A key international public-private venture, the Cocoa & Forests Initiative (CFI), has reported major progress towards ending deforestation in Ghana and Ivory Coast, with four million trees planted and a million farmers receiving training.
These were among the significant milestones for the scheme which was set in motion back in 2017 between the two governments of the West African nations, and major businesses within the sector.
Among the original 36 signatories for the initiative are including Mondelēz International, Nestlé, Mars, Hershey, Barry Callebaut, Lindt & Sprungli, Cemoi, Barry Callebaut, Godiva, General Mills, Cargill Ferrero, Olam, pladis, Ritter Sport, and Unilever.
The scheme was also signed by the World Cocoa Foundation, IDH, the Sustainable Trade Initiative, and aims to create business-driven solutions to the crucial environmental issue of reviving forests in Ghana and Ivory Coast, which are critical to the sector’s viability.
Consequently, in 2018-2019, CFI signatory companies and the governments of Côte d’Ivoire and Ghana began implementing activities that will help meet their 2017 joint commitment to end cocoa-related deforestation and forest degradation. This has included a landmark agreement that has resulted in a million farms within the scheme being mapped, further enhancing traceability within the cocoa supply chain.
Governments’ efforts have focused on creating policy, legal and institutional frameworks that can support the implementation of CFI signatories’ programs. This included the release of a new Forest Code in Côte d’Ivoire, strengthened collaboration on a landscape level in CFI priority areas in Ghana, and taking measures to actively promote agroforestry in both countries. The Governments have also released forest boundary maps and updated land cover maps to help signatory companies identify areas that are at risk of deforestation.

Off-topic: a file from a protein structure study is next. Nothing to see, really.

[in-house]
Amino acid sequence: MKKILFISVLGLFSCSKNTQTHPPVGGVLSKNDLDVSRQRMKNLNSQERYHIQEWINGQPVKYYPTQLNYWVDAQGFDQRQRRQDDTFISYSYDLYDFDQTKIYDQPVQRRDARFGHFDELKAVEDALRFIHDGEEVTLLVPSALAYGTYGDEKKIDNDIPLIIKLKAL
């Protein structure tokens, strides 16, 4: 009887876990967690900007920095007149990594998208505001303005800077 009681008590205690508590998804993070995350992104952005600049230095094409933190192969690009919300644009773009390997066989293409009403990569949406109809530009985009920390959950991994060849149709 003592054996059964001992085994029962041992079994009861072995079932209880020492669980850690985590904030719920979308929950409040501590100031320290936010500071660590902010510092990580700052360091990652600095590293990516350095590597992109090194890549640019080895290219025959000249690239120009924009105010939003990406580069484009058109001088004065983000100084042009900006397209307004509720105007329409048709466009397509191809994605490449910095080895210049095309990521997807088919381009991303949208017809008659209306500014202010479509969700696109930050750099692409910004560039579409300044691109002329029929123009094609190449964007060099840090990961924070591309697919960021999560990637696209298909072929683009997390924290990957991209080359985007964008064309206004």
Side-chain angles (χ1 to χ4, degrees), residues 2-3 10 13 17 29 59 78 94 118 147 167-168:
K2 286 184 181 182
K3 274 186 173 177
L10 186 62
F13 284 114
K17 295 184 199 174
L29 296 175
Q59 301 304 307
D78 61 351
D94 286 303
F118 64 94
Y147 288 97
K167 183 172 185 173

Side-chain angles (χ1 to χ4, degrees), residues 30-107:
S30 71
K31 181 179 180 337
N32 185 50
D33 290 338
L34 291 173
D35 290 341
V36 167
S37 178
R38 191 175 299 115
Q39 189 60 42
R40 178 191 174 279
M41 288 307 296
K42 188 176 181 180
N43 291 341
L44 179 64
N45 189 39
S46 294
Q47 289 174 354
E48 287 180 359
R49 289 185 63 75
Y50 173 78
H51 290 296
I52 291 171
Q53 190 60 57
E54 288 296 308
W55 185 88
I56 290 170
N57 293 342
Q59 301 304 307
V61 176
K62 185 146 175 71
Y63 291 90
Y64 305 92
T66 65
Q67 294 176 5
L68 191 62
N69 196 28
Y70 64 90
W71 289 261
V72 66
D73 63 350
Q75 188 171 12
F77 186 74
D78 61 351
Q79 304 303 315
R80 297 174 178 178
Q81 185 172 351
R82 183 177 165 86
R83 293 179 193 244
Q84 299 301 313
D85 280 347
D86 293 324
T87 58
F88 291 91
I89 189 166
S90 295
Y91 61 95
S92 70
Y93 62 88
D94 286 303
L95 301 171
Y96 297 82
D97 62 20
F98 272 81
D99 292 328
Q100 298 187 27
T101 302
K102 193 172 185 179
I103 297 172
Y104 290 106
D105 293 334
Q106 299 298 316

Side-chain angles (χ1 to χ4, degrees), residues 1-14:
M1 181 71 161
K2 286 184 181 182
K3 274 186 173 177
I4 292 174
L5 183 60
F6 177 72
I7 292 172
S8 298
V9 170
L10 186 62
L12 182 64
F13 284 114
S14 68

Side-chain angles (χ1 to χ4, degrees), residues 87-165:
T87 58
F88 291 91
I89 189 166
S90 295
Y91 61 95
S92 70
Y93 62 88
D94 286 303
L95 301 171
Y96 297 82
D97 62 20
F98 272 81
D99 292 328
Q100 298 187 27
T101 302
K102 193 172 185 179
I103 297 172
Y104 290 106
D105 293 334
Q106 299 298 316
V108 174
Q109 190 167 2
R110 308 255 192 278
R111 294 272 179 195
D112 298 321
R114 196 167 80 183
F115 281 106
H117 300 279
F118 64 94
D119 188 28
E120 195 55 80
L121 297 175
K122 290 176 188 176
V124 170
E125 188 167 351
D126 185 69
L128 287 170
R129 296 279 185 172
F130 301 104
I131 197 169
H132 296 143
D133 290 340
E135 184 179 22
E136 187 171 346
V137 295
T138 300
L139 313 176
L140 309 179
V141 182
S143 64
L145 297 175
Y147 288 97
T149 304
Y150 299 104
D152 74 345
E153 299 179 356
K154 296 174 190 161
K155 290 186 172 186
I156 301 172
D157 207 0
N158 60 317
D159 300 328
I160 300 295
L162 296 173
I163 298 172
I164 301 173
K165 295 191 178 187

CFI is a joint partnership of the governments of Côte d’Ivoire and Ghana, and 35 cocoa and chocolate companies facilitated by IDH, the Sustainable Trade Initiative and the World Cocoa Foundation (WCF), with support from the Dutch Ministry of Foreign Affairs (BUZA), Partnership for Forests (P4F) through the United Kingdom Government’s Department for International Development, the US Agency for International Development (USAID), and the World Bank.
The latest Progress Reports contain data and testimonials from companies, government officials, civil society leaders and farmers that have been working together, since March 2017, to end deforestation and forest degradation in the cocoa supply chain.
Kwaku Asomah-Cheremeh, Minister of Lands and Natural Resources in Ghana said: “We are proud to present the CFI achievements so far, and in particular, progress achieved in terms of promotion of climate-smart cocoa, clarification of tree tenure, and facilitation of landscape-level partnerships. Moving forward, we need to continue working together to mobilise sustainable funding to make further progress with our commitments, especially in key areas of satellite-based monitoring and forest categorisation.”
Furthermore, Alain-Richard Donwahi, Minister of Water and Forests in Côte d’Ivoire note that since the signature of the CFI commitment, there had been significant progress on the protection of forests, including through the release of the new Forest Code in 2019.
He said: “This new code defines the legal and regulatory framework for the implementation of the CFI, including the creation of a differentiated approach to classified forests, which also takes into account the needs of communities whose livelihoods depend on forests. The next challenge will be for us to mobilise further funds to support implementation of this ambitious policy, in close collaboration with the private sector, and with support from civil society organisations.”
World Cocoa Foundation President Richard Scobey said: “We are proud of CFI’s first steps and are determined to keep our eyes on the prize: end deforestation and restore forest areas. In 2020, we will notably accelerate private sector collaboration across cocoa landscapes and, in partnership with governments, put in place effective tools to monitor and eliminate any new deforestation.”
Jonas Mva Mva, Programme Director Cocoa, IDH added that it has huge appreciation for the commitment between the governments and the private sector to work together to address deforestation in the cocoa supply chain.
He said: “Important progress was achieved in 2019, and more needs to be done to accelerate implementation of ambitious forest protection and restoration programs, and to put in place a simple, but efficient system to systematically monitor progress towards CFI commitments in 2020.”
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